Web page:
Suffer The Children

I’m so glad I got one of the last 20 tickets for Napalm Death in Manchester last night. Even though I didn’t stop to see Barney and the boys, or Brujeria, the two bands I saw made it more than worthwhile. 

I bailed early so I could get a train to and from the city from my town to save on more short drives and extortionate parking fees. In hindsight though I’m glad I left when I did for a couple of reasons. 

The main reason is the venue. I’ve only seen four shows there and they’ve all been since October last year. Considering I try and get to Manchester on train as much as I can the Rebellion Club is that little bit too far out to walk back to the station without missing a healthy chunk of the headliners set. 

The three shows prior to last night have been nowhere near to its noted 400 capacity so they were relatively comfortable. Last nights sold out show was beyond comfortable. The assembled throng of metallers were packed in tight for the first two bands. I’d hate to think what it was like come 10pm when Napalm Death had a full head of steam. 

The layout of the place doesn’t help either. The interior is shaped like an offset T with the stage along the horizontal. Looking towards the stage from the vertical your view is obstructed the further you go back so everyone crams in to the front portion. That area also incorporates the entrance and access to the smoking area on one side and the bar and toilets opposite. All the footfall has to traverse that space. It’s definitely not pleasant and almost claustrophobic. 

The local promoter used to use Sound Control, a better laid out venue and half the distance from the station. For some reason shows of this stature have relocated to here. More consideration will have to be given in the future to which shows I attend if there is another option to Rebellion.

Anyway, rant over, on to the show. Lock Up were superb again, and much better than I was honestly expecting.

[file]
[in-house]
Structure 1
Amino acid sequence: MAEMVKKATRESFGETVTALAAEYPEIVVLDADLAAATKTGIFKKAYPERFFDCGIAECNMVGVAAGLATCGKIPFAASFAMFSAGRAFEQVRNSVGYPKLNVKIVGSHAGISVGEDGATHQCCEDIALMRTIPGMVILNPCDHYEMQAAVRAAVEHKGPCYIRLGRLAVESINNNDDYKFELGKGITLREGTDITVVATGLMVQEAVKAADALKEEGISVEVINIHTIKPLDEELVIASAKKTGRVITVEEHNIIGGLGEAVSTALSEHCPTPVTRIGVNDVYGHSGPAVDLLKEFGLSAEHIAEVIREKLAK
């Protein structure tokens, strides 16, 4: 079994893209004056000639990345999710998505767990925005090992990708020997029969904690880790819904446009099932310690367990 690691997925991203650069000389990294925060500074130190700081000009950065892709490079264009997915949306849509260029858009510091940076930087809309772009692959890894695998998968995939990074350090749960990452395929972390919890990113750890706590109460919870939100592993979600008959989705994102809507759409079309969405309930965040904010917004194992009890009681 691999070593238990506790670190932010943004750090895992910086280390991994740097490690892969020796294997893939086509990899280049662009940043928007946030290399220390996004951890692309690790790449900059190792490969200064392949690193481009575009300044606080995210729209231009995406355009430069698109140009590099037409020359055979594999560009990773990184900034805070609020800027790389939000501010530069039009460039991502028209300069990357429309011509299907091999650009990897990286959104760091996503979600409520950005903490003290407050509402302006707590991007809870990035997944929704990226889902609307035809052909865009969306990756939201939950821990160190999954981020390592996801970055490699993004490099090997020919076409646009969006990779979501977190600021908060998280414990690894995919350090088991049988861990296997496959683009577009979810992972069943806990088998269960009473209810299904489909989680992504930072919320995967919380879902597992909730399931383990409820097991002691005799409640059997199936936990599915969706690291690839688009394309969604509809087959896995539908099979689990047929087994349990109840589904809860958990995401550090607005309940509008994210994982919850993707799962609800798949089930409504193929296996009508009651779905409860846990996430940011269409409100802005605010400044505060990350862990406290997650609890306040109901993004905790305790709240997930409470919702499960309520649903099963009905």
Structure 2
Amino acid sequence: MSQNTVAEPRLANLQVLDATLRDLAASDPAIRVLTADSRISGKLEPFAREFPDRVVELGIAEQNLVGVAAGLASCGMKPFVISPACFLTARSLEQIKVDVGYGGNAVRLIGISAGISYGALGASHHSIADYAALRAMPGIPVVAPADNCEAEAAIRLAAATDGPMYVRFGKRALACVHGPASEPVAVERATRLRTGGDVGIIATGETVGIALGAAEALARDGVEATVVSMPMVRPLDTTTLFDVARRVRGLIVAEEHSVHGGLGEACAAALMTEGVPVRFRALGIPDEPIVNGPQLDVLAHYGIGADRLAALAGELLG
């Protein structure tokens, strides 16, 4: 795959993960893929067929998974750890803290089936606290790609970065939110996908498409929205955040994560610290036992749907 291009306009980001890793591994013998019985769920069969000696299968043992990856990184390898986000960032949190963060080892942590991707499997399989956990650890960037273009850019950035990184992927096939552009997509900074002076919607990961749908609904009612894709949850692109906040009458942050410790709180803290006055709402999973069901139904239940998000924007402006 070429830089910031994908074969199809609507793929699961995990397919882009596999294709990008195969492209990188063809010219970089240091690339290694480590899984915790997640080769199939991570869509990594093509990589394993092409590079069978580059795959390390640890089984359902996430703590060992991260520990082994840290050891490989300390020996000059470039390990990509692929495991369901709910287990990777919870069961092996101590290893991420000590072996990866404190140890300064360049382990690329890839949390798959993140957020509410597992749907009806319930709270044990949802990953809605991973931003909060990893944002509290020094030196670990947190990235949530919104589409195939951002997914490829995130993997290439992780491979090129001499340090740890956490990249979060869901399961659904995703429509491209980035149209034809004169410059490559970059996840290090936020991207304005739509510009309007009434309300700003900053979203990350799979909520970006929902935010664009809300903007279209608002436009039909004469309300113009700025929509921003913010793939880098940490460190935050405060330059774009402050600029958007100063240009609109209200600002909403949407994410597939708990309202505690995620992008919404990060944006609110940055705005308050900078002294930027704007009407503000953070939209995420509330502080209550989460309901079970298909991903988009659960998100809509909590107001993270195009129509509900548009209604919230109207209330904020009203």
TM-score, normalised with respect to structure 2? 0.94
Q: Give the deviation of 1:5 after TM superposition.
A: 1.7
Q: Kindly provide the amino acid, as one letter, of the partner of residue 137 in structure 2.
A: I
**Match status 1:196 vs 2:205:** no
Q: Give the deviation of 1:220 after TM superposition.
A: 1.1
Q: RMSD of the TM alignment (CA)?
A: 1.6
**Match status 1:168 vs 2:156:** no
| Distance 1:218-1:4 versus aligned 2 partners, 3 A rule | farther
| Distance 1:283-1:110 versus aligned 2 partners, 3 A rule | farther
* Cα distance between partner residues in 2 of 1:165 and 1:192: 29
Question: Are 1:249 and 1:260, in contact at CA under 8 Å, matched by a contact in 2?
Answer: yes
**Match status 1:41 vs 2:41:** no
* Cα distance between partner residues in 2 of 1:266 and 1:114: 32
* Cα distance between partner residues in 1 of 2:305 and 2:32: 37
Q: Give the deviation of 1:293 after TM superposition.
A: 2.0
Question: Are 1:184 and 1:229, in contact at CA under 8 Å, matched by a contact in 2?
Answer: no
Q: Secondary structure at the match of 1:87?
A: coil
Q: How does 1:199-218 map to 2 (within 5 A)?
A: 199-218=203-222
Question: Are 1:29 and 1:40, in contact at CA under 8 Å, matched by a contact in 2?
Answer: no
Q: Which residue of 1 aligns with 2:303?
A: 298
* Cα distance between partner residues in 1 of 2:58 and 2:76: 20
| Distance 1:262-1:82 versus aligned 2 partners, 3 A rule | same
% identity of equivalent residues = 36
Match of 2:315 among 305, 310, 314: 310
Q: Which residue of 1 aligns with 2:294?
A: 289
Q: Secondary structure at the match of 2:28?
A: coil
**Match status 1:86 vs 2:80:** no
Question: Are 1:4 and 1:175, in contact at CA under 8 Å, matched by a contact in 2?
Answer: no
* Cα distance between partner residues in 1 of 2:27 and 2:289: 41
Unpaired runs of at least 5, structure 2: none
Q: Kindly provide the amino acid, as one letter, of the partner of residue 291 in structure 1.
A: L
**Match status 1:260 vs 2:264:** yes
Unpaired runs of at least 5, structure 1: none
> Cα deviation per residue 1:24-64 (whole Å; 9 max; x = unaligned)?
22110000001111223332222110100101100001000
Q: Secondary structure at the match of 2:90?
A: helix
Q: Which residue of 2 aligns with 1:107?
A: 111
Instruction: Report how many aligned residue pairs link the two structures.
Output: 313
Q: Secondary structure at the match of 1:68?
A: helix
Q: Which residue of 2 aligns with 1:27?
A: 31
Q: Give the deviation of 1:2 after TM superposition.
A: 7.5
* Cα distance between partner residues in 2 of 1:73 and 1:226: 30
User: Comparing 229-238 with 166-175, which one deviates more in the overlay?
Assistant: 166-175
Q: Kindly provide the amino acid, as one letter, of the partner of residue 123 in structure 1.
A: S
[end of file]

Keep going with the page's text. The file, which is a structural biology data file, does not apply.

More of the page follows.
Power Trip graced a Manchester stage for the first time in four years and they were on another level last night. They relished their time on the compact stage and seemed much more at home. They had a superb crowd in front of them and there was no barrier so we had a few stage divers, but less than I’d anticipated. For a band influenced by the thrash scene it was weird to see so many metal elitists and purists vacating the room for forty minutes. Too many people paying attention to musical tags. 

As I didn’t get around to posting about the Birmingham grindcore pioneers here’s Suffer the Children from their third album Harmony Corruption. It was the first time they’d recorded outside of England when they entered the famous Morrisound Studios in Tampa with producer Scott Burns. The album vered towards a death metal sound and had a more polished finish, and the Tampa connection was a foothold for the band over in the States.  

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The Campaign for Musical Destruction Tour 2017 @ Birmingham Institute – 9.5.17

Due to the potentially stellar line up of this package we were on a train down to the Second City earlier than we’d usually be just to ensure we’d be inside in plenty of time to see Lock Up. 

With nearly an hour to kill it was a quick dive into the pub next door waiting for the doors to opens then about two dozen steps to the box office. Fifteen minutes before kick off should’ve sufficed due to the close proximity, even giving a bit of leeway for the small queue we encountered of maybe ten people. We managed to get in about five minutes into Lock Up’s set. Such a painfully slow shuffle into the venue by seemingly incompetent staff. How can it take so long to distribute pre ordered tickets or snatch £24 out of someone’s hand? 

We got the bulk of the Lock Up’s grinding racket and a very good twenty minutes it was. With only a quartet of albums to pick from the seven song blast encompassed something from them all. A brace of tracks from the latest opus and three from Hate Breeds Suffering, before Kevin Sharp removed his trademark cowboy hat for set closer After Life In Purgatory. 

Originally Iron Reagan were on the bill for the tour, but had to pull out early on. When their replacements Power Trip were announced I for one wasn’t disappointed, but I know many who were. 

The quick change around afforded me enough time to check out the merch and return in good time before the Texan thrashers destroyed the Institute. The decent sized crowd for Lock Up looked a bit static from my vantage point, but as soon as Soul Sacrifice kicked in the bodies were flailing. Their thirty five minutes were up in the blink of a eye, but for a thrash band that seem to have been embraced more by the hardcore community they definitely made some new friends tonight.